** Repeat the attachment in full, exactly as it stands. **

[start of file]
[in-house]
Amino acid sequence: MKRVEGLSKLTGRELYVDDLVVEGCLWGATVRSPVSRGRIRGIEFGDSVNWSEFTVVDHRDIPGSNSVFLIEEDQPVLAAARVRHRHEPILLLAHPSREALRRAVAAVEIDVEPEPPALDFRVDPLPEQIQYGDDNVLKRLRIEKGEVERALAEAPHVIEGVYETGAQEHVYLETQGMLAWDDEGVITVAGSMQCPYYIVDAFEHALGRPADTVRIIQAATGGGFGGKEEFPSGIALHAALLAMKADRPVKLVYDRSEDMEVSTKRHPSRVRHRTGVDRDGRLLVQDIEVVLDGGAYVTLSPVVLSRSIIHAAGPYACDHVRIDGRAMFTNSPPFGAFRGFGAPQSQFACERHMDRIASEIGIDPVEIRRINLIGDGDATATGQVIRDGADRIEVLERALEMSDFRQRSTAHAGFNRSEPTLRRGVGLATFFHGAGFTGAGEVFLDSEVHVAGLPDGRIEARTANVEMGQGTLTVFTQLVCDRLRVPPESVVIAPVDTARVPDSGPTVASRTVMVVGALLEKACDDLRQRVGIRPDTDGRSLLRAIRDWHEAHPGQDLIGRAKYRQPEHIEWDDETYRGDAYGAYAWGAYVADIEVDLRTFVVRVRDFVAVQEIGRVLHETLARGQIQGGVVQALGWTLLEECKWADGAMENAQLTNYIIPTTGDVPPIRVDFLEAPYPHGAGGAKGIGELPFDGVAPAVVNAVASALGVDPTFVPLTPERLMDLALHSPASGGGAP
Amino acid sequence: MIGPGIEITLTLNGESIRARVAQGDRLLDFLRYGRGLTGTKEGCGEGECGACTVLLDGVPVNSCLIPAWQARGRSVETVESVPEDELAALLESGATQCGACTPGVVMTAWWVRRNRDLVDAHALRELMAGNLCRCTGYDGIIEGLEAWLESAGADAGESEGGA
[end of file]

[in-house]
Amino acid sequence: MKRVEGLSKLTGRELYVDDLVVEGCLWGATVRSPVSRGRIRGIEFGDSVNWSEFTVVDHRDIPGSNSVFLIEEDQPVLAAARVRHRHEPILLLAHPSREALRRAVAAVEIDVEPEPPALDFRVDPLPEQIQYGDDNVLKRLRIEKGEVERALAEAPHVIEGVYETGAQEHVYLETQGMLAWDDEGVITVAGSMQCPYYIVDAFEHALGRPADTVRIIQAATGGGFGGKEEFPSGIALHAALLAMKADRPVKLVYDRSEDMEVSTKRHPSRVRHRTGVDRDGRLLVQDIEVVLDGGAYVTLSPVVLSRSIIHAAGPYACDHVRIDGRAMFTNSPPFGAFRGFGAPQSQFACERHMDRIASEIGIDPVEIRRINLIGDGDATATGQVIRDGADRIEVLERALEMSDFRQRSTAHAGFNRSEPTLRRGVGLATFFHGAGFTGAGEVFLDSEVHVAGLPDGRIEARTANVEMGQGTLTVFTQLVCDRLRVPPESVVIAPVDTARVPDSGPTVASRTVMVVGALLEKACDDLRQRVGIRPDTDGRSLLRAIRDWHEAHPGQDLIGRAKYRQPEHIEWDDETYRGDAYGAYAWGAYVADIEVDLRTFVVRVRDFVAVQEIGRVLHETLARGQIQGGVVQALGWTLLEECKWADGAMENAQLTNYIIPTTGDVPPIRVDFLEAPYPHGAGGAKGIGELPFDGVAPAVVNAVASALGVDPTFVPLTPERLMDLALHSPASGGGAP
Amino acid sequence: MIGPGIEITLTLNGESIRARVAQGDRLLDFLRYGRGLTGTKEGCGEGECGACTVLLDGVPVNSCLIPAWQARGRSVETVESVPEDELAALLESGATQCGACTPGVVMTAWWVRRNRDLVDAHALRELMAGNLCRCTGYDGIIEGLEAWLESAGADAGESEGGA